David Robert Jones, MS LPC

Welcoming Presence (21)

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15 minute writing timer. Ready. Set. Go.

After several years of dreaming and planning, last Spring I created a mindfulness meditation course called “Peace and Well-Being in an Age of Anxiety.” Boise State University gave me the opportunity to teach this course during the Fall 2023 semester and again this semester. There has been a high-level of interest and engagement in the course, so it is also on the schedule for Fall 2024 and I will be adding another course called “Developing Strong Relationships.”

Creating and facilitating the Peace and Well-Being course has been one of the most rewarding experiences of my life. Pure joy, really.

The course learning objectives can give you a good idea of what we’re up to:

- Define, identify, and observe what anxiety and peace feel like in our body
- Develop more attuned and congruent relationships with our thoughts, emotions, and physical bodies
- Engage in and reflect on in-class mindfulness exercises
- Observe our thinking mind
- Identify, feel, and attend to opposites of cognition, emotion, and somatic sensation
- Examine multiple ways of experiencing peace and well-being in the present 
- Explore new ways of relating to our nervous system
- Reflect on current concentration and focusing skills  
- Develop and enhance concentration and focusing skills through practice and reflection
- Develop and reflect on a regular mindfulness practice 

In many ways, this class is a real-life beauty-from-ashes story. Out of the ashes of my life that burned down in October of 2015 as a result of a traumatic brain injury, came something more beautiful than existed before. In fact, it was the fires of the years of post-TBI recovery that burned away what needed to be burned away and brought me to that which is solid and unmoving. 

During those years, I learned how to be with life as it is as I am. I experienced firsthand that I am unchanging loving awareness in which the ever-changing flow of life arises.

In essence, I am. 

I learned practices that connected and continue to connect me to a way of being - to Being.

While that may seem trite or ethereal from the outside, nothing is more important, in my opinion, to the experience of liberation and living a full and meaningful life.

Out of the ashes arose a clear and constant heartfelt desire to be with others as they wake up to who they are, why they are here, and what they long to do with their lives while on this wondrous orb we call Earth.

At the core of all the practices is what we begin to experience as the ground of our being - welcoming presence. 

As a therapist, one of the enduring indicators of therapeutic success is the client-therapist relationship, and one of (if not the) most important factors of that relationship is the therapist’s complete and total welcoming presence toward self and other.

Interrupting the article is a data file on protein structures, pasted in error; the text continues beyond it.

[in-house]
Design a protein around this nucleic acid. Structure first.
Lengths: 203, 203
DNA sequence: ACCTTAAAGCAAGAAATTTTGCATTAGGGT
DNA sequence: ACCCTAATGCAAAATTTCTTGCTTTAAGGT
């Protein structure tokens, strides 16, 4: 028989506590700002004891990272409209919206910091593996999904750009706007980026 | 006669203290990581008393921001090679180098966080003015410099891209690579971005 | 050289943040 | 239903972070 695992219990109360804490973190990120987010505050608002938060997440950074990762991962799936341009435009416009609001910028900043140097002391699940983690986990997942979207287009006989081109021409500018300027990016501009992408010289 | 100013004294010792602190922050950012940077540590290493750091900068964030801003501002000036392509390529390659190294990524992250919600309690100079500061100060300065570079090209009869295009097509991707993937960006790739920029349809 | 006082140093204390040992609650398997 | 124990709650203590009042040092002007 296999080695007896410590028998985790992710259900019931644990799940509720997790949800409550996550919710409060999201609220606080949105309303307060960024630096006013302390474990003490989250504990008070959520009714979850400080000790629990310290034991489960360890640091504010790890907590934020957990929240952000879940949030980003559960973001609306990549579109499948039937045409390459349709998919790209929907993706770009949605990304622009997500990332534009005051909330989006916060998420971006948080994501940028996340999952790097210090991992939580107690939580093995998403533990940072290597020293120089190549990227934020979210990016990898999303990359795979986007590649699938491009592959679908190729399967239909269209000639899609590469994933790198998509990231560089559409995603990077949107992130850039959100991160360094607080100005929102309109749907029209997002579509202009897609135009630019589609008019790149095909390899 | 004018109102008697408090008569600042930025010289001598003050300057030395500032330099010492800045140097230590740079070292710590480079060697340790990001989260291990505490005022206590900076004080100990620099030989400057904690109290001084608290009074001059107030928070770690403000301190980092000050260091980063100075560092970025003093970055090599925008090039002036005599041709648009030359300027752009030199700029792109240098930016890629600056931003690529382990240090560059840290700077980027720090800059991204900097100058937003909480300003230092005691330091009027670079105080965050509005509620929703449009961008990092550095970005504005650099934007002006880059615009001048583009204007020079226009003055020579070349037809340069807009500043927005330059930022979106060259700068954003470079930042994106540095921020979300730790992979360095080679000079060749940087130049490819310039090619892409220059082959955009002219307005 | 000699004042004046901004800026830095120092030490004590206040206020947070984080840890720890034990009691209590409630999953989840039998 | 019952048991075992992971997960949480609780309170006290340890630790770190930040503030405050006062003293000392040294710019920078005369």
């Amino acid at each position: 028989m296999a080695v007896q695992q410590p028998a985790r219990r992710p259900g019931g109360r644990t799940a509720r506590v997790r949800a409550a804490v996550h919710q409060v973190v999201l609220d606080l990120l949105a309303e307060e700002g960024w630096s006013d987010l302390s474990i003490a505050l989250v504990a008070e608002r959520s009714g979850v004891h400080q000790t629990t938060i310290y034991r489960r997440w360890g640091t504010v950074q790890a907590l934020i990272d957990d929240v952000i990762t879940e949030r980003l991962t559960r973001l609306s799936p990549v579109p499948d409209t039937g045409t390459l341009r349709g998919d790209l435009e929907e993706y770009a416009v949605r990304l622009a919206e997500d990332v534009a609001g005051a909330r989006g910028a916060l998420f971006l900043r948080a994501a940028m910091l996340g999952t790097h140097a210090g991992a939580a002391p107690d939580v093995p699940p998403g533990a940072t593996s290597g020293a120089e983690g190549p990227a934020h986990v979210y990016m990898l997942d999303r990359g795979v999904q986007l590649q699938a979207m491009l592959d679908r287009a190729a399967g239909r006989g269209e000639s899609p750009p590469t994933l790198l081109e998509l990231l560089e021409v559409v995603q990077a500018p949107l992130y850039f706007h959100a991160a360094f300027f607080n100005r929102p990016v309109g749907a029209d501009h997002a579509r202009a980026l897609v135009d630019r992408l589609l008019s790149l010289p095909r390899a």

At the beginning of a long retreat with Dr. Richard Miller, a psychologist and the founder of iRest, he began the retreat with these words that capture what I am saying:

“We’re not coming together to help one another. We’re coming together to be with ourselves and with each other as we are, knowing that when we are with ourselves and others as we are, we cannot help but change.”

Truly, welcoming presence is at the heart of personal and interpersonal change. 

As students are learning what it is like to be welcoming presence, they are watching themselves gradually change their relationships with fear, trauma, anxiety, depression, self-sabotage, habits, compulsions, sleep issues, relational issues, and life in general.

Through the interactive readings, the in-class practices, the reflective journals, the community of the class setting, and the individual practices, students are experiencing freedom, even liberation, engaging somatically, emotionally, and cognitively with principles like the following:

That which we welcome cannot bind us. 

Life is only unbearable when we demand it change. 

Thoughts are things.

Emotions are things. 

Sensations are things. 

Things come and things go. 

We are not our thoughts, emotions, and sensations.

We watch and are present with that which comes and goes.

We always have the right response to every situation. 

Relax and release.

Let it be. Let it go. Let it in.

Trust the compass.

Embedded in the readings and experience is a strong neuroscience lens from texts and guest speakers that provides the “hard science” for how we are rewiring our brains and changing our lives through these practices. We learn how to activate our PNS, how to use body-sensing and breath-sensing as doors into higher states of consciousness, deep relaxation, insight, creativity, and healing.

We move our bodies, noticing the edges of tension and relaxation, discovering parts of our bodies that have been ignored too long.

We become attuned to subtle sensations in the body and mind so that we can hear the “whispers” of the body before it has to scream at us. 

We experiment. We are playful with the process. We stay curious. We inquire. 

And we grow together. Teacher is student and student is teacher. We laugh. We cry. We sit quietly sometimes. We listen. We go outside and walk and wait and hear and see and feel. We learn to face what is asking to to be faced and we even find freedom from chains that have bound us for far too long. 

What a journey. What an incredible journey.



Ready to take the next step?

I’d love to hear from you. Contact me via social media or at [email protected].